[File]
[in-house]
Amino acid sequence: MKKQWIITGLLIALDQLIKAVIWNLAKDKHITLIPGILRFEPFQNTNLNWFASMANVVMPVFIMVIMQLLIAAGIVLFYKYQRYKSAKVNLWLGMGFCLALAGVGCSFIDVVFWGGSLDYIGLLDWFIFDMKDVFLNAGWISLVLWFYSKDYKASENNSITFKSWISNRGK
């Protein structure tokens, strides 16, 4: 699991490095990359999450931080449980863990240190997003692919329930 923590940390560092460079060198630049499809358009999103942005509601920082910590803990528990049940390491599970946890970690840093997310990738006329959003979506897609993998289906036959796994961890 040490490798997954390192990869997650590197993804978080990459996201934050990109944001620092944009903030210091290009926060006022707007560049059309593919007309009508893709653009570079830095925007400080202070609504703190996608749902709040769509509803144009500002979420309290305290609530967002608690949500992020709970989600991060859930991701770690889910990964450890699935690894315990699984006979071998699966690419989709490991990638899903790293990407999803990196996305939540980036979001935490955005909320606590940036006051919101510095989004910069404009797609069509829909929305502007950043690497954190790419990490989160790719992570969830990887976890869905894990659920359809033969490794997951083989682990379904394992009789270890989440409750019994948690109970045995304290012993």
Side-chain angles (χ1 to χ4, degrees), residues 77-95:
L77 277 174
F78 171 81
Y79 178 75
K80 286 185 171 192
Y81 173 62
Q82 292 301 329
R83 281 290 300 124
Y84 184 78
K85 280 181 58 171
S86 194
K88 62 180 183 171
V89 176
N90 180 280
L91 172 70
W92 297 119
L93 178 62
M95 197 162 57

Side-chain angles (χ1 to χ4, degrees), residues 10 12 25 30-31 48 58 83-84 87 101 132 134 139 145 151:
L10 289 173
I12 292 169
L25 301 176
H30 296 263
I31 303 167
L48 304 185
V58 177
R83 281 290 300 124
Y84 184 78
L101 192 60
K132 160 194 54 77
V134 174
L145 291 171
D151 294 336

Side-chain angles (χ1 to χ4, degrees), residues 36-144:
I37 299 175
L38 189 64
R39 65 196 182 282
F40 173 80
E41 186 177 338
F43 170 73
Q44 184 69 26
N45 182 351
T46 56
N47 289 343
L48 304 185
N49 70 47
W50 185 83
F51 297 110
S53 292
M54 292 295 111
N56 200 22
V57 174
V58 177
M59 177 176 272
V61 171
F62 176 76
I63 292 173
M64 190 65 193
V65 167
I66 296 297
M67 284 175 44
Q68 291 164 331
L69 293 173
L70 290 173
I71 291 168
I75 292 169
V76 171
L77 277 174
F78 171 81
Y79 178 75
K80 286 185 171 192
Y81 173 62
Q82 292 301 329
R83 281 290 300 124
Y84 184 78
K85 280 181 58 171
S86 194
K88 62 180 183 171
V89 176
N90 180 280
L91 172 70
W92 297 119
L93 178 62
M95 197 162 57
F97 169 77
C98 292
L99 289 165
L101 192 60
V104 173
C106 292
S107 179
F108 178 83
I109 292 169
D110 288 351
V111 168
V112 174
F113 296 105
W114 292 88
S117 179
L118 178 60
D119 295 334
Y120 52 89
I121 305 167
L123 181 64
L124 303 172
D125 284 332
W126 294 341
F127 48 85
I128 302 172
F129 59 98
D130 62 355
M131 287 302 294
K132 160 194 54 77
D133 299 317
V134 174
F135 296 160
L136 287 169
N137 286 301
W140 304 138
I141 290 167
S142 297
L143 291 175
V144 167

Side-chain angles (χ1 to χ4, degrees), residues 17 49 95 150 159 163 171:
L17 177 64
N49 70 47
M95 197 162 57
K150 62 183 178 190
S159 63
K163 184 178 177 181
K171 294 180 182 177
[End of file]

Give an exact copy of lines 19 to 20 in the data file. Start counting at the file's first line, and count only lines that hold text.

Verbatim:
W92 297 119
L93 178 62